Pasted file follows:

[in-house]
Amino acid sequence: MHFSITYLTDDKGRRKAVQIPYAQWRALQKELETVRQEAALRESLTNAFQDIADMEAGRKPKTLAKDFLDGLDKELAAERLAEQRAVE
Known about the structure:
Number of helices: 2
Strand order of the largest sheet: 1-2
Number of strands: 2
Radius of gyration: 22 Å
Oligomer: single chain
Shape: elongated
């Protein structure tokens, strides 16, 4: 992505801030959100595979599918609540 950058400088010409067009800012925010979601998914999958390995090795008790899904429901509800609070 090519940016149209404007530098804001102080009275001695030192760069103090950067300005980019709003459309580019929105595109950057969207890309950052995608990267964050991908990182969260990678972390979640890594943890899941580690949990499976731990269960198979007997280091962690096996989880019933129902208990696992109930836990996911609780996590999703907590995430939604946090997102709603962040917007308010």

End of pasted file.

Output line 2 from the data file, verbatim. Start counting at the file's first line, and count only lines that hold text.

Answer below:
Amino acid sequence: MHFSITYLTDDKGRRKAVQIPYAQWRALQKELETVRQEAALRESLTNAFQDIADMEAGRKPKTLAKDFLDGLDKELAAERLAEQRAVE